Installing a lift can help to ensure your customers and employees are able to get around with ease, and also ensures your building is completely accessible to everyone.
It may seem slightly odd that the vast majority of lifts come equipped with a handrail. However, there are actually several good reasons why lifts have handrails installed, some of which include ensuring the structural integrity of the lift. In this blog, we take a look at some of the most important reasons handrails are included in lifts.
In home lifts, the design and aesthetics of a lift are extremely important. When investing in a lift, customers will of course want a lift of the highest quality, which is also pleasing on the eye. Handrails are a great aesthetic addition to any lift; they help the elevator look less like a simple box and can really add to the character of the carriage. Coming in a wide range of material types and sizes, handrails can be used to ensure your lift is in keeping with the wider décor of your home, office or public building.
Binds Elevator Walls Together
Probably one of the most overlooked reasons handrails are included in lifts is that they actually bind the walls of the lift together. Ensuring the structural integrity of a lift is absolutely vital, and the inclusion of handrails plays a big role in maintaining this to the highest degree possible.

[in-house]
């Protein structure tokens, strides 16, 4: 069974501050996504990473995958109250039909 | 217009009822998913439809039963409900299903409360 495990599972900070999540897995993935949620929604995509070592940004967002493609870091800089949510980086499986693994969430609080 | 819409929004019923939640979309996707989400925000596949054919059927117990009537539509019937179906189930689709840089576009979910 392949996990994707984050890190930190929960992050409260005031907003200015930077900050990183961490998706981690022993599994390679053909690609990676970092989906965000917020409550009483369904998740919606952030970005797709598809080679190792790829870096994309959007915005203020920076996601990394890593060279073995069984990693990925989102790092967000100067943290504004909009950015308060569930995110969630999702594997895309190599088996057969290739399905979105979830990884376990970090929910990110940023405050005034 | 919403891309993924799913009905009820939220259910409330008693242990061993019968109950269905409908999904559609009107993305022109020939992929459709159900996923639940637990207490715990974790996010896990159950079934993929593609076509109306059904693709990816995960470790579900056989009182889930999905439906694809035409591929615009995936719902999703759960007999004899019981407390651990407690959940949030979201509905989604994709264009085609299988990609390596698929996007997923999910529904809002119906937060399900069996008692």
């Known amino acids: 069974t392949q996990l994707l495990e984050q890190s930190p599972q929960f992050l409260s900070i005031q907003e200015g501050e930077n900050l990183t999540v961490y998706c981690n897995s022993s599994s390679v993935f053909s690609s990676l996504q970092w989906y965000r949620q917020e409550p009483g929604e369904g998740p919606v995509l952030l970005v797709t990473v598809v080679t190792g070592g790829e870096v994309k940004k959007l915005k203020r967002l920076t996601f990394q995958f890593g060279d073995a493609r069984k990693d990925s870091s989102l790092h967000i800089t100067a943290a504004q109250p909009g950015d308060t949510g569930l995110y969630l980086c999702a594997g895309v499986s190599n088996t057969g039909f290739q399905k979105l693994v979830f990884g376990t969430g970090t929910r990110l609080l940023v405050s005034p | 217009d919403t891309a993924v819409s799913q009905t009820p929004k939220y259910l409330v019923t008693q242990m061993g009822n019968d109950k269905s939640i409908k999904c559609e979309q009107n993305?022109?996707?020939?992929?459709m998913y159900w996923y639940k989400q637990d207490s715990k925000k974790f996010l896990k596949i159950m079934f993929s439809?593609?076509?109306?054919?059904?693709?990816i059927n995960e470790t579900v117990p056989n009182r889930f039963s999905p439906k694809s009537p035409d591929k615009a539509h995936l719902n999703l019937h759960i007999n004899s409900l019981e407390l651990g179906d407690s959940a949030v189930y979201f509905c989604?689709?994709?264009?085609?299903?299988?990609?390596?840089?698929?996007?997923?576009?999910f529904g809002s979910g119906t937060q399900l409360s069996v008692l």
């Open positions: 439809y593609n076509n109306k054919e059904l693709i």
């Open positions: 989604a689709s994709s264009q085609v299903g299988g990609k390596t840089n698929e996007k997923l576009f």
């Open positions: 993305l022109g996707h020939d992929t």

Handrails in lifts present a whole host of safety benefits for users. They are especially useful for the elderly, people with mobility problems and children. Even though today’s lifts generally give users a smooth and seamless ride, the starting and stopping motions of a lift can be troublesome for some users. The inclusion of the humble handrail provides a simple solution and gives users an added layer of safety.
They are also used to stop users from leaning on the elevator walls. Of course, lifts have strong structures, but keeping users from leaning on the walls ensures the lift maintains its structural integrity when in transit.
Finally, handrails are perfect for combatting lift overloading when it comes to passenger lifts as they slightly reduce the usable area of a lift. The amount of space that a handrail uses may appear minimal, but when you consider each side has a handrail installed, this does reduce the useable area by a fair margin.
There is also a requirement that handrails must provide coverage lengthwise at least 90% wall-to-wall. This requirement is in place in case of falls, slips or trips within the elevator carriage; the use of a handrail is a safe way to ensure the user is able to help themselves to their feet.
When it comes to installing a lift into a building, there are obviously plenty of safety regulations that need to be met. Here at Axess 2, we have a whole host of accreditations, including BREEAM, NBS, ISO 9001 and LEIA, which highlight how seriously we take the safety of our valued customers.